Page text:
.....Advertisement.....
.....Advertisement.....

Local News

  • Robbery charges going to grand jury

     

    By Kenny Colston

    Landmark News Service

  • Program for seniors celebrates golden years

     Staff Report

    Local seniors will have an opportunity to learn how to embrace their golden years through an upcoming educational program.

  • Rolling success story

     

    This time last year, Sandi West was burning the midnight oil and she was a little worried.

    “We worked up to the last minute. I was excited, but extremely nervous,” West said. “I didn’t know how people would respond.”

  • Heating assistance program opens enrollment

    Two LIHEAP programs provided nearly $110,000 worth of assistance to Henry County residents last winter, according to information from Tri-County Community Action Agency. Enough requests came in for the crisis program, it ran out of funds a month early.
    Tri-County will begin taking applications for the subsidy funding in the Low Income Heating Energy Assistance Program in November, said Pam Sage, the LIHEAP director. There’s a sign up  schedule that begins Nov. 3 for those whose last name starts with A or B and continues through Dec. 11.

  • Jobless rates down in all 120 Ky. counties

    Unemployment rates fell in all 120 Kentucky counties between September 2013 and September 2014, according to a news release from the Kentucky Education and Workforce Development Cabinet.
    State officials note this is the second consecutive month that Kentucky has seen a year-over-year drop in all counties, the news release noted. Last month was the first time on record this had happened.

  • News Briefs

    Road Clean Up
    Henry County’s annual fall road clean up is scheduled for Nov. 1, beginning at 8 a.m..
    Organizers ask that motorists around the county drive carefully as many volunteers from non-profit organizations will pick up litter on 170 miles of roads.
    Funds have been provided by the Litter Abatement Grant.
    For more information, call the Henry County Judge-Executive’s Office at (502) 845-5707.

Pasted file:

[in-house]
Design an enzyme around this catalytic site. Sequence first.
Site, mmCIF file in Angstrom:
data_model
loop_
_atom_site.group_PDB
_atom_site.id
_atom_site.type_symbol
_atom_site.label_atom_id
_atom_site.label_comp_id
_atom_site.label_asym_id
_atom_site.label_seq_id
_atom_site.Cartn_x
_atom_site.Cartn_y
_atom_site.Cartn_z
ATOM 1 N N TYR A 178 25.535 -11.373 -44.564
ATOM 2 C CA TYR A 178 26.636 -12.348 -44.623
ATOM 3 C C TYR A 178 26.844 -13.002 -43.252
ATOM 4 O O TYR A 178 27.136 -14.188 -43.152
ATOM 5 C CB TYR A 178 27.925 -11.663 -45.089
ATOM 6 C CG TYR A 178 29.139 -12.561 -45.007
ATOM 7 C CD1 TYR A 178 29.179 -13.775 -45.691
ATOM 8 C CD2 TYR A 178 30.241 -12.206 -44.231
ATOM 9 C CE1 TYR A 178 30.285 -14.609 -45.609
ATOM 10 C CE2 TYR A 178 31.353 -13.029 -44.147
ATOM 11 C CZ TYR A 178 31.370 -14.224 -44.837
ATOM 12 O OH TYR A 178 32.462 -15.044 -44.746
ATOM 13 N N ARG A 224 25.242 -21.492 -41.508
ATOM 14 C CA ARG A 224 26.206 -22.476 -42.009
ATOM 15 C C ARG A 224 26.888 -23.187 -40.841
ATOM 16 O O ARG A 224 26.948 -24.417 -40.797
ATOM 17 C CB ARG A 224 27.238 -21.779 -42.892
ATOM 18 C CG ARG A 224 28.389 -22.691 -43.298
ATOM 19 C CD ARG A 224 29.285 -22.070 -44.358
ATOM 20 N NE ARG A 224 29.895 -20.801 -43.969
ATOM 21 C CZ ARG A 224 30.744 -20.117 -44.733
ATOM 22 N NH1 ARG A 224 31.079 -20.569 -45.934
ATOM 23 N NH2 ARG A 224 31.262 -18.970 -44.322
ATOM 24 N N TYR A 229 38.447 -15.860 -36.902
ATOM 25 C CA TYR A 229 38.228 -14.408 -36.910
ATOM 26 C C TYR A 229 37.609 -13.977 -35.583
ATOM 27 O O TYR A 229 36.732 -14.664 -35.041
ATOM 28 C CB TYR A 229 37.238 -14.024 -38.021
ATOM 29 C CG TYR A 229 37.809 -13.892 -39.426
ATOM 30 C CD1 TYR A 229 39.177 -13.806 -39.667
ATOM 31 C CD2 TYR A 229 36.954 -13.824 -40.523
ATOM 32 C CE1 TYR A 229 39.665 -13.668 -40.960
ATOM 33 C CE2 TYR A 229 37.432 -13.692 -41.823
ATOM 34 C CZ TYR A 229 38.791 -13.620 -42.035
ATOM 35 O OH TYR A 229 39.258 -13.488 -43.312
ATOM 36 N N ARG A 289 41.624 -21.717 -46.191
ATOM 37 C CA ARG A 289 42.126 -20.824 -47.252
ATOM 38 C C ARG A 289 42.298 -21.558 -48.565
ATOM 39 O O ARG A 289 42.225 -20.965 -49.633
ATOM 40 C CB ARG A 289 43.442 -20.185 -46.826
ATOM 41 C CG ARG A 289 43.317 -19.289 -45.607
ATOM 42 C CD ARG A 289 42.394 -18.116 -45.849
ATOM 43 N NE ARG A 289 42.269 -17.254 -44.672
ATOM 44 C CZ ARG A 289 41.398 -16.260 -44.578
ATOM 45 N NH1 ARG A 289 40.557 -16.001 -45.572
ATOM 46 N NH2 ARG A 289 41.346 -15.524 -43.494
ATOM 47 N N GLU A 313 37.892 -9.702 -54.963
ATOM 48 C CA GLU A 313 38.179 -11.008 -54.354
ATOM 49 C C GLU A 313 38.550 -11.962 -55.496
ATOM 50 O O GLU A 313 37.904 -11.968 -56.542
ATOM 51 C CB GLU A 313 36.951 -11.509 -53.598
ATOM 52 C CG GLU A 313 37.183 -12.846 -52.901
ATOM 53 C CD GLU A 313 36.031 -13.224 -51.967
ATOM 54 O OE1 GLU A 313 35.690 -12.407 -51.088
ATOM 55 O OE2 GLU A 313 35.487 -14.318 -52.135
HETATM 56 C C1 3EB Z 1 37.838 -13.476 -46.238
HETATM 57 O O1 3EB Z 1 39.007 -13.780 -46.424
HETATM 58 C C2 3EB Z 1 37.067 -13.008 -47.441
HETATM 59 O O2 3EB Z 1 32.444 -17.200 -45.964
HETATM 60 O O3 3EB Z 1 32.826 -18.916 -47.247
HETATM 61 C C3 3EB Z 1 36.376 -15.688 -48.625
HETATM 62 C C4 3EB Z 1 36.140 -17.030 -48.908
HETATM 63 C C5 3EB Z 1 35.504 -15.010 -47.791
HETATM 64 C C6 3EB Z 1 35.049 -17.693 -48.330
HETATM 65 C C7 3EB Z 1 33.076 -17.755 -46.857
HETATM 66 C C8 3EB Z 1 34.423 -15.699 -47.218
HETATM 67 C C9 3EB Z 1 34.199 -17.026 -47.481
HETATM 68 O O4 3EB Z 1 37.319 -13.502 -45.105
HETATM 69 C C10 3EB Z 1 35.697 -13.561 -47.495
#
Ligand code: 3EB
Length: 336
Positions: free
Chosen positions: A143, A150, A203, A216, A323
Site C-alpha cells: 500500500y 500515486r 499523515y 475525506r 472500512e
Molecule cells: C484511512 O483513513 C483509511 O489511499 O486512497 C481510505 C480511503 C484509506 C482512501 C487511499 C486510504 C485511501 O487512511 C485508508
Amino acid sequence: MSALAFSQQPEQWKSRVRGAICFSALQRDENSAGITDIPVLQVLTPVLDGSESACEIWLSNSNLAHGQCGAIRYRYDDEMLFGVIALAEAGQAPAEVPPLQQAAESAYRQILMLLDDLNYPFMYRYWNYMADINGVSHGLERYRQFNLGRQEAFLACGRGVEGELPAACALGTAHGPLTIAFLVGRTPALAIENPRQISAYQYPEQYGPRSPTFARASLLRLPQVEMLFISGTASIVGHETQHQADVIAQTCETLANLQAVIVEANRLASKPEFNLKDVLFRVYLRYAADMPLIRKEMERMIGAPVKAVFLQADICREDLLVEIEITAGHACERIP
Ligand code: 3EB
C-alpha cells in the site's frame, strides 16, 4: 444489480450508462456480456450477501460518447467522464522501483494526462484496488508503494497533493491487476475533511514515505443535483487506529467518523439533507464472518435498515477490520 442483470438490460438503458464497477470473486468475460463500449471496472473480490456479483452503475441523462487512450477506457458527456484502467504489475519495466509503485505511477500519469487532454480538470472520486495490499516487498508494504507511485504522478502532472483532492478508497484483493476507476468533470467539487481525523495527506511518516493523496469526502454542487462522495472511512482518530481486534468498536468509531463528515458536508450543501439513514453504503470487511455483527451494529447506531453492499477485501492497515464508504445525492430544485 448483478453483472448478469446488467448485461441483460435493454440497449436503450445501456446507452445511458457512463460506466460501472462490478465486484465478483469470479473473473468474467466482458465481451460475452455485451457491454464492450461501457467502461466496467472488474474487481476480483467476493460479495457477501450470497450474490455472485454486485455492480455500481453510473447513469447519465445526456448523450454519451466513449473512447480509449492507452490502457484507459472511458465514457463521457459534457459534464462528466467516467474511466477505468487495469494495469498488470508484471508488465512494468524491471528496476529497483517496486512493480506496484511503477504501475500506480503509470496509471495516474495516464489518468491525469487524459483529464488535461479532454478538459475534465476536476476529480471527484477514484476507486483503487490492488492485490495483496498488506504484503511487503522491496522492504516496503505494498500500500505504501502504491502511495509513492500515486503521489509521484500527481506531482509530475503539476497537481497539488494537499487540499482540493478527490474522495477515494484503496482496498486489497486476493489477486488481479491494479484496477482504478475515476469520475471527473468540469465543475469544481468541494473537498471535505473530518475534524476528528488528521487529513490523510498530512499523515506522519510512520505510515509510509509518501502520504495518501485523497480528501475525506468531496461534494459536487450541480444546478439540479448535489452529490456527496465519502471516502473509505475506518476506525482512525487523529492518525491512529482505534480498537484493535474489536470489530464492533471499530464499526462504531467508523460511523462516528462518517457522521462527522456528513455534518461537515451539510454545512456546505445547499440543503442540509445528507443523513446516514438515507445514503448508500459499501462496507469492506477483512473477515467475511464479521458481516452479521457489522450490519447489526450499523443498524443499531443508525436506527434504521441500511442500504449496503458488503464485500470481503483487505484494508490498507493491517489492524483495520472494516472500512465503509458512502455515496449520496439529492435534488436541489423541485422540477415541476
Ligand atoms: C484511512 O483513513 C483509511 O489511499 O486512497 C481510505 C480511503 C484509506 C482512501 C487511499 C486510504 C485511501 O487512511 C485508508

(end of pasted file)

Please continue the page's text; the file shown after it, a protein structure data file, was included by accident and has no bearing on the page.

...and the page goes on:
KSP Checkpoints

  • Hometown Pizza's 'Every Slice Matters' benefits Help Center

    Hometown Pizza will serve up assistance to the homegrown, faith-based service that helps others in Henry County.
    Through their “Every Slice Matters” effort, the regional restaurant chain with a location in Eminence decided to look at the needs of the Henry County Help Center, according to Donna Sabo, director of marketing at Hometown.
    Henry County Help Center has taken on the mission of providing food assistance to more than 1,300 citizens and hundreds of families across the county.

  • Local Buzz Week of Oct. 29

    Church Services
    Pleasureville Baptist Church will host revival services Nov. 2-5. Sunday morning service at 11 a.m., evening services at 7 p.m. Rev. Scott Smith, will be the evangelist.
    Campbellsburg Baptist Church will celebrate International Day of Prayer on Sunday, Nov. 6 at 6 p.m. with speaker Brad Rumer and worship leader Peggy Rumer. They will also be collecting donations for Bibles Unbound, a group that sends Bibles overseas.

  • Creating more awareness of pancreatic cancer

    After a six-month battle, Judy Mason Sparrow, 69, passed away from pancreatic cancer. That’s when her granddaughter, Catherine McKinley, decided to be an advocate for pancreatic cancer patients and their families.
    McKinley serves as the community engagement chair of the Pancreatic Cancer Action Network. Her role is to engage the local community by bringing awareness to this specific type of cancer.

  • 'Fire and brimstone' preacher visits

    Author and re-enactor, Eddie Price, presented to a packed house at last week’s Henry County Historical Society meeting.  Price portrayed a member of the congregation at the Cane Ridge Revival of 1801.  This Bourbon County revival is proclaimed as one of the top five events to impact Kentucky’s history.  It introduced “fire and brimstone” preaching to the lands West of the Appalachian and was attended by as many as 25,000 people at a time when Kentucky’s population was only half a million.